Root Canal ( Endodontics)

Root Canal Treatment

What is root canal treatment?

Root canal treatment may be needed when the pulp, which contains the nerve in the tooth, becomes infected which may have occurred due to decay or trauma. When a tooth needs a root canal you may be experiencing pain, however sometimes there may be no symptoms initially. A root canal may be suggested by your dentist as a way to save a tooth, avoiding the need to have the tooth pulled out.

Each tooth has an outer layer of hard enamel. The next layer of the tooth is the dentine. The innermost layer is the pulp which contains the nerve, which is removed during the root canal process. Molar teeth which have more than one root also have more canals. It is important that all of these canals are found to remove the infection from the tooth.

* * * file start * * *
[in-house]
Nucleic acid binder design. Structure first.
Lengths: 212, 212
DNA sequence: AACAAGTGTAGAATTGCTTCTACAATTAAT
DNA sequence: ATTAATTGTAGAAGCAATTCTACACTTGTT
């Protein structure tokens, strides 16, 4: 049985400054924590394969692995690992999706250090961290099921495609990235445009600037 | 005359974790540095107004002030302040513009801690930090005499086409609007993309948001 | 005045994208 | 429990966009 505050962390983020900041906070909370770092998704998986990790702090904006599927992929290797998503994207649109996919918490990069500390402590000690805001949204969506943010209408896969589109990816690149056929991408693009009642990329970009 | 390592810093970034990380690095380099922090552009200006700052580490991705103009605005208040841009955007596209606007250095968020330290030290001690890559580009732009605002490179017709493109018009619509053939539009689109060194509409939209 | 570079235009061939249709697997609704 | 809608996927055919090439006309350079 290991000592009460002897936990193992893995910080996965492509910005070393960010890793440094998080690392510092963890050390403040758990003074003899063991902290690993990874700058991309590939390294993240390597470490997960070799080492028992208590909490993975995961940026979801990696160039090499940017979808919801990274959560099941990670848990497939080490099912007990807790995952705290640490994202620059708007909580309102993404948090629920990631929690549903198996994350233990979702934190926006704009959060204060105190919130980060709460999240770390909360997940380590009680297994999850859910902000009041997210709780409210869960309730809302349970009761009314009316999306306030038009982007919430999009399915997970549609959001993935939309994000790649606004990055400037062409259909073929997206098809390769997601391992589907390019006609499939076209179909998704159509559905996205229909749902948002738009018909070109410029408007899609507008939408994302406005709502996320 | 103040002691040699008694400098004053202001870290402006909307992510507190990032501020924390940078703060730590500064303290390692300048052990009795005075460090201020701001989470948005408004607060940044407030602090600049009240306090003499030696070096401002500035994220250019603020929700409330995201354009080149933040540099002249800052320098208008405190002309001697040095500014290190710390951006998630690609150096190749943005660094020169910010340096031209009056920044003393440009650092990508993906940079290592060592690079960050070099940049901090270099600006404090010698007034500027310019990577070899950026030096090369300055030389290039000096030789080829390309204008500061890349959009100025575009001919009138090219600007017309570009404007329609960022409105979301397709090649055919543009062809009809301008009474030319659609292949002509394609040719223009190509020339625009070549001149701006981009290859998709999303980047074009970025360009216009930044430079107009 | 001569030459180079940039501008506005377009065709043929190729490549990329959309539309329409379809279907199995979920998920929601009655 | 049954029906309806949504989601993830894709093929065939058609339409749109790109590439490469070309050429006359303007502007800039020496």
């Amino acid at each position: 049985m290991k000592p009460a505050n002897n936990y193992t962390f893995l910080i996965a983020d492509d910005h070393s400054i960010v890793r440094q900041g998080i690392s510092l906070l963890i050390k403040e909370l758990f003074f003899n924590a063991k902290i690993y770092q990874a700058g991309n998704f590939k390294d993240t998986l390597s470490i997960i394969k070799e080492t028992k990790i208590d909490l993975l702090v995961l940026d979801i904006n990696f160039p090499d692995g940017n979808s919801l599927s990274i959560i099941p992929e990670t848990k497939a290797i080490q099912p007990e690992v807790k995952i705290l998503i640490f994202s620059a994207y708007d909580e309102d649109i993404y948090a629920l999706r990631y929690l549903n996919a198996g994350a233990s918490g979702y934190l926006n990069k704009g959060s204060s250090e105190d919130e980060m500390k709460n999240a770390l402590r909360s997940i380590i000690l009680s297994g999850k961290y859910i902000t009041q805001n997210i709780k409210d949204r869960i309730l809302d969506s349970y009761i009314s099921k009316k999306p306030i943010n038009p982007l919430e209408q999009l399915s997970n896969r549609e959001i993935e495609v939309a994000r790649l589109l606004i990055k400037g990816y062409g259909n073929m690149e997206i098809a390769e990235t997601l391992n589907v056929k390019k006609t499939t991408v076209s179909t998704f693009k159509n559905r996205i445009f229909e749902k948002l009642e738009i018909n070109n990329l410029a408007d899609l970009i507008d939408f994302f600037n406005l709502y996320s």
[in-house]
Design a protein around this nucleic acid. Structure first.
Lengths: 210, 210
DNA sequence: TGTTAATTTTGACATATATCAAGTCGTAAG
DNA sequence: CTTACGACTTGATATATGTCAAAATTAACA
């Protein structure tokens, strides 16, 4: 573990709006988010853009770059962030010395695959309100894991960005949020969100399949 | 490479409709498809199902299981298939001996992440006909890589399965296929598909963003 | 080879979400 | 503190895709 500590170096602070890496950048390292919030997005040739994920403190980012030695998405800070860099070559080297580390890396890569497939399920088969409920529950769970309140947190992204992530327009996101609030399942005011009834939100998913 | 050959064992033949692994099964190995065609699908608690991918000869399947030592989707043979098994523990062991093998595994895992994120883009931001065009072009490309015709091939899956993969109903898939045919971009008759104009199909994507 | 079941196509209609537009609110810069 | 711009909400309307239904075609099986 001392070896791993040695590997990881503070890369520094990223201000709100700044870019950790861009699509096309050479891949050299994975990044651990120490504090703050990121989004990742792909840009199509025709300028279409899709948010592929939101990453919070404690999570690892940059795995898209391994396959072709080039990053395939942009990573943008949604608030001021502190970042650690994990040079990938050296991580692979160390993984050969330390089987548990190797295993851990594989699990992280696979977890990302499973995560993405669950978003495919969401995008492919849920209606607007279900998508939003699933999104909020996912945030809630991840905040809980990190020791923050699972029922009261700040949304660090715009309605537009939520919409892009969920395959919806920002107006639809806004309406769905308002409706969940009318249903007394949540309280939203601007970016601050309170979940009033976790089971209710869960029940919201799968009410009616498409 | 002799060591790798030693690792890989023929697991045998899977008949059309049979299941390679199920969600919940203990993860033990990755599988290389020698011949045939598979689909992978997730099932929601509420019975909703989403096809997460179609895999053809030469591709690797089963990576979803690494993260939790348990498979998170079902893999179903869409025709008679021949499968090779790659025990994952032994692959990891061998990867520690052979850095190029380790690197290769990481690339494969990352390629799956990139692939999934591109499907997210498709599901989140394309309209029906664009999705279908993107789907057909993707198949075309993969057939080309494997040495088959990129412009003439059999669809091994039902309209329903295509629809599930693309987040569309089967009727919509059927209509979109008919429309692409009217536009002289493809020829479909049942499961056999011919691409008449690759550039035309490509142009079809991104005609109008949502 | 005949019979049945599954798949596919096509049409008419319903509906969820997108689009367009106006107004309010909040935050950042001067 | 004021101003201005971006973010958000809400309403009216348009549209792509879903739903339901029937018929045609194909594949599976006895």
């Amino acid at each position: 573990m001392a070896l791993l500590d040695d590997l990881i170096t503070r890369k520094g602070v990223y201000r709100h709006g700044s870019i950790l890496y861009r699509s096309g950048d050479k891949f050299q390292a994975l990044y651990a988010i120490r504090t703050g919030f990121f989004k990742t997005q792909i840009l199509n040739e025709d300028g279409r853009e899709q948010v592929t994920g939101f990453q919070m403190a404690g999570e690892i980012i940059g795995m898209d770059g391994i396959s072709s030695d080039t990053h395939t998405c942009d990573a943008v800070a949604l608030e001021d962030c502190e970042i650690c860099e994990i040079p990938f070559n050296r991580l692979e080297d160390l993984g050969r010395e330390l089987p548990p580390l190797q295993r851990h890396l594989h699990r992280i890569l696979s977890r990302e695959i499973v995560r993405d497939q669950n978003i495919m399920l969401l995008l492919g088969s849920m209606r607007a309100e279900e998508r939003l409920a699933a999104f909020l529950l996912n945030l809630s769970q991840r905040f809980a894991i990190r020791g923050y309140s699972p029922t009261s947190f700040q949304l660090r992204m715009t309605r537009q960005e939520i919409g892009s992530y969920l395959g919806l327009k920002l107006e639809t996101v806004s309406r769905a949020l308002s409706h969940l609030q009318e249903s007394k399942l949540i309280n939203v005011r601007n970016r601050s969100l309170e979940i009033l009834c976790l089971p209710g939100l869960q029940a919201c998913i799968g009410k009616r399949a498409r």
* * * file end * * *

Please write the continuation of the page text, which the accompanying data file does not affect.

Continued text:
A root canal is completed over 2 or 3 visits. In the first visit the nerve is removed from the tooth and medication is placed within the canal to relieve pain. Sometimes a dentist may also prescribe antibiotics, however this is not always necessary and is determined on a case by base basis.

Over the next visits the canal or canals within the tooth are further cleaned and disinfected and later filled. A number of xrays may be taken throughout the root canal treatment to ensure that all the canals in the tooth are found and cleaned to the correct length. After the root canal visits it is normal to feel slight discomfort, this is normally relieved by Panadol or nurofen. While the pain may be relieved after the first visit, it is important that the treatment is completed otherwise there is a risk that infection may recur and the tooth is at risk of breaking down further.

Following the completion of the root canal treatment your dentist may recommend a crown be placed on the tooth. A crown completely surrounds the tooth to protect it and prevent fractured forming that may split the tooth